Building a tinyAVR pocket sequencer

Earlier this week, Bits & Pieces took a closer look at an ATtiny85-powered ultrasonic ruler designed by a Maker named “bergerab.”

Today, we’re going to get up close and personal with an ATtiny pocket sequencer created by bergerab that uses the very same tinyAVR microcontroller (MCU). 

Built around the popular ATtiny85, the pocket-sized sequencer is fully programmable and usable in a studio setting.

“Besides making a pocket-sized sequencer, my goal of this project was to stretch the uses of the ATtiny chips to show how powerful they really are,” bergerab explained a recent Instructables post.

“This project is great for those interested in music and/or electronics, and by the end you will have one of the smallest, unique sequencers ever made.”

Aside from the ATtiny85 MCU, key project components include:

  • 

Perfboard (5 cm by 7 cm)
  • Two 10k potentiometers
  • Two tactile switch-buttons
  • Two two-way switches
  • A 7805 voltage regulator
  • Two 10uF caps
  • One 100uF cap
  • One 2k resistor
  • 8 LEDs
  • 74HC595 shift register
  • 1/4 inch audio female jack
  • Speaker/buzzer
  • 9v Battery (with connector)
  • (optional) 5cm by 7cm acrylic sheet

On the software side, bergerab uses a relatively simple sketch to regulate the device.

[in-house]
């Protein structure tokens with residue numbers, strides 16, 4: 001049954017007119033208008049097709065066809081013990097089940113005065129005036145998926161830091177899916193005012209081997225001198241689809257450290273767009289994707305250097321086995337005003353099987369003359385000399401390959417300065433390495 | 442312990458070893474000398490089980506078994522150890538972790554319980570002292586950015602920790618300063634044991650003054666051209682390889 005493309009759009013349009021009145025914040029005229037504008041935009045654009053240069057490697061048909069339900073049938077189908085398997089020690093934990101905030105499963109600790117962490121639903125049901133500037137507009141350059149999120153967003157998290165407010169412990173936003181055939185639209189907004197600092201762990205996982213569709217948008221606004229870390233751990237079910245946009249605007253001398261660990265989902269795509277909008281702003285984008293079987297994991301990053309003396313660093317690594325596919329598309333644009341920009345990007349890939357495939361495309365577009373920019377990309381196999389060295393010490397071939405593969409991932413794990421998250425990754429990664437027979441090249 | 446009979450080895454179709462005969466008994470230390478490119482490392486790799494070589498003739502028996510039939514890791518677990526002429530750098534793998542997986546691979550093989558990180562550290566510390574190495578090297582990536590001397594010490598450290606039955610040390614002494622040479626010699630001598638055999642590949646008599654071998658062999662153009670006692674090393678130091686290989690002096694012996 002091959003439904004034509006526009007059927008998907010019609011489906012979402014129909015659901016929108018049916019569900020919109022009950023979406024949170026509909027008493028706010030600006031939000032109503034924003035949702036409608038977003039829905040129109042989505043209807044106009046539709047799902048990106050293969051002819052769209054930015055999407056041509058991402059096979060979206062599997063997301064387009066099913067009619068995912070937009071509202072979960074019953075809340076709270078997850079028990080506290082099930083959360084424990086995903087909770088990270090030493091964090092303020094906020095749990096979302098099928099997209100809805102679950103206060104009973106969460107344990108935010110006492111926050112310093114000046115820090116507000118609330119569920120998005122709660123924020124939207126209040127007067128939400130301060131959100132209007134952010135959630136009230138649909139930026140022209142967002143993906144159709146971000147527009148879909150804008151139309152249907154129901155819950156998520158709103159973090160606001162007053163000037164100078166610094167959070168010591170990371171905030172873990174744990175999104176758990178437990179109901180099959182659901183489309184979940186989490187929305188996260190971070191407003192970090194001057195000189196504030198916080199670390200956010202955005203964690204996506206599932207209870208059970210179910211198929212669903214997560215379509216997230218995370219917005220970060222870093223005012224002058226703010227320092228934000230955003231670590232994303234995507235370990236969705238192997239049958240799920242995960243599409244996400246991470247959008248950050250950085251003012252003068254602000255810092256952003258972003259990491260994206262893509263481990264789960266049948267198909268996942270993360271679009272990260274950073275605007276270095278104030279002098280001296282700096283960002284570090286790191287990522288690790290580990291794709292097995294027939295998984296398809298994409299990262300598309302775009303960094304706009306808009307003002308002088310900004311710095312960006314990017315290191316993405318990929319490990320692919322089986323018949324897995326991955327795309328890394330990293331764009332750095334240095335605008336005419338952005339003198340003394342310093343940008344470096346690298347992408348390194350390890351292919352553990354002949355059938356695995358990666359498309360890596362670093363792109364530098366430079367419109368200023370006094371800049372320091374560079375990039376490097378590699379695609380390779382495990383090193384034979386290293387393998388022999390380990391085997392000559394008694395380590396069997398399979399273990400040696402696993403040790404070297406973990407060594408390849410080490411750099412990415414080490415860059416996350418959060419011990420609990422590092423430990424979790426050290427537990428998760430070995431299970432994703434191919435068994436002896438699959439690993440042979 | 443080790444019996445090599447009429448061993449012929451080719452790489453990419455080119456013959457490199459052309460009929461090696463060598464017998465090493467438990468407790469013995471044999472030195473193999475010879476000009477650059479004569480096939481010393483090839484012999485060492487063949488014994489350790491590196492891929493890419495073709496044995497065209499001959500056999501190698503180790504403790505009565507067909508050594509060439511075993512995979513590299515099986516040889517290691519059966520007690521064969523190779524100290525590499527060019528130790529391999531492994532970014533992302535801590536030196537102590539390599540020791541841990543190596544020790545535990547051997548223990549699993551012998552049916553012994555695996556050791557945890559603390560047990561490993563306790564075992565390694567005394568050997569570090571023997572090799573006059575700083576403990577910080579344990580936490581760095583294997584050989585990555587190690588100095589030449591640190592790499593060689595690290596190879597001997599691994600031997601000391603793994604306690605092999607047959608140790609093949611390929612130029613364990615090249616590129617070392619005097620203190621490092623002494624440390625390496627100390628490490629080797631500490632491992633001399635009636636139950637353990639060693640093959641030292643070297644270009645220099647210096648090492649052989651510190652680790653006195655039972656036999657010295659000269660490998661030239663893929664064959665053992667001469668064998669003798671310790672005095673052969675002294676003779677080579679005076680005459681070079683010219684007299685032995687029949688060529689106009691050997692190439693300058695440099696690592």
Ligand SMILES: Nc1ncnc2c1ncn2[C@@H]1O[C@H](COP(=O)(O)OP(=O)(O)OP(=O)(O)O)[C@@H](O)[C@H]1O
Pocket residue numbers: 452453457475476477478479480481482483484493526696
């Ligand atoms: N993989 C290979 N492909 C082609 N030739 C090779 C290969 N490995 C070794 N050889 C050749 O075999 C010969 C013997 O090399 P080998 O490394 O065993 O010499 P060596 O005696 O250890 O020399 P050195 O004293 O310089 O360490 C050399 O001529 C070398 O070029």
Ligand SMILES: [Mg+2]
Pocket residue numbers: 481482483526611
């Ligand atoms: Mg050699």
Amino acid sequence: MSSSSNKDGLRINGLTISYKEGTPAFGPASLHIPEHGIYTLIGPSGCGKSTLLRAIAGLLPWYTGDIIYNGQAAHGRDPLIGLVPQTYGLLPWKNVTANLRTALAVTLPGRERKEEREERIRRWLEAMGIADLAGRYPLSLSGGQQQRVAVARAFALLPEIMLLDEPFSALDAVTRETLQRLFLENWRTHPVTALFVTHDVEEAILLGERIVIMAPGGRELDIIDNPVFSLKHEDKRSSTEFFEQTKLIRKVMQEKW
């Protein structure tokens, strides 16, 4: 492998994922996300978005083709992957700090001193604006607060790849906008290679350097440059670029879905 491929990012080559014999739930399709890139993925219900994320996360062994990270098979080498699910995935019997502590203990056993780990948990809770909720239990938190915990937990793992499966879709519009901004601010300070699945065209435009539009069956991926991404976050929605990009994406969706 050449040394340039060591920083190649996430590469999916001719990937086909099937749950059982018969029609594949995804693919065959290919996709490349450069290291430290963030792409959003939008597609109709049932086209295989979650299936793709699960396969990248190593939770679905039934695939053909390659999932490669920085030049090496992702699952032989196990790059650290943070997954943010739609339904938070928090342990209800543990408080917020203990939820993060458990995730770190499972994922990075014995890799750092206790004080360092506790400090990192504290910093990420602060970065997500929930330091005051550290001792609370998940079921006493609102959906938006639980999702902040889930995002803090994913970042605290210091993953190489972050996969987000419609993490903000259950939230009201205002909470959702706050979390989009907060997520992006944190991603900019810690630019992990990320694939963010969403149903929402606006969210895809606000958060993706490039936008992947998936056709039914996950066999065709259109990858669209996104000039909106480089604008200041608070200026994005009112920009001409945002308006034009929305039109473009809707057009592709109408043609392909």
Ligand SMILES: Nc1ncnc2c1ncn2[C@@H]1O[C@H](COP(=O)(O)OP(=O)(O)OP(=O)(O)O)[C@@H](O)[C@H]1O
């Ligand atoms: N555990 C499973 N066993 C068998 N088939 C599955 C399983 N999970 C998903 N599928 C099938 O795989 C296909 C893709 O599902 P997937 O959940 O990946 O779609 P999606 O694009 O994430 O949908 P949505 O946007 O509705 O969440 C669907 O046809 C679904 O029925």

“In my design of this sequencer, I wanted the user to program the steps right when the device is turned on. To do this I used the ‘setup()’ function, [which] is executed when the ATtiny is initially given power, or if its reset pin is set to LOW,” he continued.

“I added a startup tone (which is a little arpeggio of a c major chord) to notify the user that they are in the frequency programming mode. In the main loop (‘loop()), the ATtiny is told to go through each step, and for each step, light the appropriate LED. Then play the note assigned to that step, at the specified note length. During this, the MCU is checking if the button (analogRead(pot)<30) is pressed. If it is, the program enters a function called ‘setSustain()’. In this function, the user can select the notes length, (via the button and potentiometer).”

Interested in learning more? You can check out the project’s official Instructables page here.

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